By Katelyn Betts
If you have an auto repair shop or an auto body shop, you’re in the line of fire of plenty of risks every day. Sure, your auto repair shop insurance can help you out of a tight spot if you have a general liability claim, but it’s probably a better idea to just avoid that claim in the first place. We’ve got 5 tips to help you avoid general liability insurance claims. And, you know, lawsuits. Because lawsuits are no fun.
What is general liability insurance?
First of all, let’s take a quick minute to go over what exactly general liability insurance is and what it does.
General liability insurance will protect your business against claims that you caused someone property damage or bodily injury. It will cover your legal obligation to the injured person, and it will also help you cover your legal expenses if they decide to sue. This coverage is essential for auto body shops and auto repair shops. Lawsuits can get extremely expensive.
To illustrate, let’s say that one of your customers is coming to pick up their car after you repaired it. They’re crossing the parking lot when they accidentally trip over a crack in the asphalt. They fall hard and break their arm, so they end up with some major medical expenses. On top of that, they choose to sue you over the accident. General liability insurance helps you cover your obligation to the injured customer and your legal expenses.
Now that we’ve explained how your general liability insurance protects your business, let’s go over some strategies for preventing general liability claims.
5 tips to avoid general liability claims for auto repair shops.
Keep customers away from the garage area.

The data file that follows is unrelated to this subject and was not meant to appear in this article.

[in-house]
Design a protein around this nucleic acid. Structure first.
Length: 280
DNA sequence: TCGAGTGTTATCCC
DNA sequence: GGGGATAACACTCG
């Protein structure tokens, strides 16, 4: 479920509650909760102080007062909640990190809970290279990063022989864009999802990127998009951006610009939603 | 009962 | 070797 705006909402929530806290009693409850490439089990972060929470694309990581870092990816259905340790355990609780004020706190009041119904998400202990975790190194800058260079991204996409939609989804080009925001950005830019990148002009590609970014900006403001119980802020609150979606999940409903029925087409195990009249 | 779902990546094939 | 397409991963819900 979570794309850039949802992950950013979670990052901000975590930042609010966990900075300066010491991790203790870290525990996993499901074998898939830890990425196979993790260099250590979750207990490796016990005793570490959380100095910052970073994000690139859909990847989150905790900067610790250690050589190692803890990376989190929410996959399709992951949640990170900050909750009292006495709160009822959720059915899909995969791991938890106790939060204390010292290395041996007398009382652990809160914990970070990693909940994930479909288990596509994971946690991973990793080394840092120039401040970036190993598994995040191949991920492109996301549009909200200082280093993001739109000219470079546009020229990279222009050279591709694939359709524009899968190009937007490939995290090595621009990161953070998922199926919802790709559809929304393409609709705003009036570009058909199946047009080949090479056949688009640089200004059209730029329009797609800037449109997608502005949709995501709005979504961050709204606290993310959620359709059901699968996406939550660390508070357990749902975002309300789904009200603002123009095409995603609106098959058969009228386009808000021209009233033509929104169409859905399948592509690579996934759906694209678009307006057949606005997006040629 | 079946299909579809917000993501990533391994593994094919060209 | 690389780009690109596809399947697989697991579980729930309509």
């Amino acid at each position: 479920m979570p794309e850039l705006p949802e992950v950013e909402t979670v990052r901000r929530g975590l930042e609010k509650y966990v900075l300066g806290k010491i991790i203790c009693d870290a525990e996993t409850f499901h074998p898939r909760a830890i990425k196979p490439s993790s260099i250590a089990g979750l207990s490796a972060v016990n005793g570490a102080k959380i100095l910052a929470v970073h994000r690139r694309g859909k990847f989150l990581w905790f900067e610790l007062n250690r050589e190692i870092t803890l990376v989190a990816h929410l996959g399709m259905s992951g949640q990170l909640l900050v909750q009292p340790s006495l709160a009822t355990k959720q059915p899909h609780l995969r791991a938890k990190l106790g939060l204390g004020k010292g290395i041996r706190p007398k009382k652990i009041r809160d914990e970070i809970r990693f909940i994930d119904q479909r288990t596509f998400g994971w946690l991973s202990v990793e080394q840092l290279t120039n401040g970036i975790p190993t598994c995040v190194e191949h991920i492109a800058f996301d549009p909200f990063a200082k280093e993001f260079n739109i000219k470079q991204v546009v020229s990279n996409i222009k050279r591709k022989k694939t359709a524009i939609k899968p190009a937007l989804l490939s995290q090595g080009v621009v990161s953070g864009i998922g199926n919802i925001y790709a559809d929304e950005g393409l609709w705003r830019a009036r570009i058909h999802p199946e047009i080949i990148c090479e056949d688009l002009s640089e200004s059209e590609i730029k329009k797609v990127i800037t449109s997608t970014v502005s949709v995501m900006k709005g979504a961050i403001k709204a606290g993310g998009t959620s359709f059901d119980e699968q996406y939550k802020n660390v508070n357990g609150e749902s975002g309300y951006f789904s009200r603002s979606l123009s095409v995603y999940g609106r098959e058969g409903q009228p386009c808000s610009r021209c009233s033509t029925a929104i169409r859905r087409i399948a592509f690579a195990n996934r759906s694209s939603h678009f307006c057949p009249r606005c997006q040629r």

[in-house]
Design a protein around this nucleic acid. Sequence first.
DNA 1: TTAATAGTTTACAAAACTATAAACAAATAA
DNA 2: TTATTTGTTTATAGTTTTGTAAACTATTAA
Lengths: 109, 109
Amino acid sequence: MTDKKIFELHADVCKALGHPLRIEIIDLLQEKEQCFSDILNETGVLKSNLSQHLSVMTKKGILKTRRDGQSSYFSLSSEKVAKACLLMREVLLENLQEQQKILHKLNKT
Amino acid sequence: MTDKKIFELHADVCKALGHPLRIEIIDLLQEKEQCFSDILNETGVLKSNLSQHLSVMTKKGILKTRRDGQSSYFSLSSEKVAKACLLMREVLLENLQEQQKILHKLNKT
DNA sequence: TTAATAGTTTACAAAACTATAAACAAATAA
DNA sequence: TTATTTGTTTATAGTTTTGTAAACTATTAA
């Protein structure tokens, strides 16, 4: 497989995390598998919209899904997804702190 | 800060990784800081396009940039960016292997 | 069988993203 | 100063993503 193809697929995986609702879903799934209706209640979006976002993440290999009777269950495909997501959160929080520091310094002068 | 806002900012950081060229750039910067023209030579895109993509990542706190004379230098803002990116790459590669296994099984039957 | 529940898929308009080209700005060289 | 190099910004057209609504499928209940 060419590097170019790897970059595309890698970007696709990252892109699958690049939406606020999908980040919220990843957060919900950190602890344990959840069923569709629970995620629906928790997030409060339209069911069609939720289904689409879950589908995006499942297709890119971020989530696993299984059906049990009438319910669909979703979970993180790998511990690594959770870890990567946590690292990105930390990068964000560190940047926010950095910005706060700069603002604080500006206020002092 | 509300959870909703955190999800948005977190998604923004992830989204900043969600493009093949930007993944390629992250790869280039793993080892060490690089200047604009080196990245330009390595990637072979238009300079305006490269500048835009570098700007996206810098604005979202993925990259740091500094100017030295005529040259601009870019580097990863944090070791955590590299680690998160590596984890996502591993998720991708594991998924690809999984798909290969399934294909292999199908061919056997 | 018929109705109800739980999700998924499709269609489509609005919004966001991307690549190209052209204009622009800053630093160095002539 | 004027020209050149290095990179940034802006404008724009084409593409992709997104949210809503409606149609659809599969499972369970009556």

There are lots of dangerous things and potential hazards in your garage. You and your employees are trained to be in this space, and you’re accustomed to the risks that a garage presents. But an unsuspecting client who doesn’t spend all day around cars and auto shop equipment could accidentally get themselves into trouble if they’re allowed to go into the shop. Slip hazards, falling things, chemical fumes, sharp objects…yikes.
What we’re saying is that it’s best to keep your customers away from the shop.
Have a waiting area.
Since your customers can’t go back into the garage area, make sure to have a comfortable waiting area for them. That way they can stay safely out of the way of the dangers that the shop itself presents. There should be a place that’s apart from your shop where you can greet, speak with, and go over things with your customers.
Mark employee-only areas with signs.
Your customers won’t know where they’re not supposed to go unless you tell them, right? Make sure you clearly mark any off-limits areas with “Employees Only” signs that warn customers of the potential dangers that exist behind the extremely intriguing closed doors. That way you’ll (hopefully) keep everyone where they’re supposed to be when they visit your auto repair shop.
Keep your waiting area and parking lot free of trip hazards.
It’s important to reduce the chance of a trip-and-fall situation happening at your business. Make sure you maintain your parking lot and sidewalks so that there aren’t any uneven surfaces that someone could trip on. The same goes for your waiting area – make sure that your flooring surface (whether it’s tile or carpet) is even and free from uneven patches that could catch someone’s toe and send them flying. Also, make sure your staff knows to clean up any spills promptly and take care of trip hazards.
Also, if you live in a cold climate where it gets snowy and icy in the winter, make sure you have a plan for clearing your parking lot and walkways to make sure that they’re safe for people to walk on.
Take extreme care if you need to take a client into the garage.
We’ve already mentioned that the best plan is to avoid taking customers back to your garage because of all the dangers. It’s better to just discuss repairs away from the shop (your auto repair shop insurance will thank you.)
But, if you absolutely must take your customer into the garage to complete the job, keep the following tips in mind:
Make sure the shop floor is clear with an uncluttered walking path.
Check to make sure there are no spills, sharp things, trip hazards, and so on.
Check the frame straightening machines and hydraulic hoses for signs of wear so they don’t snap.
Make sure the shop is properly ventilated and free from harmful fumes.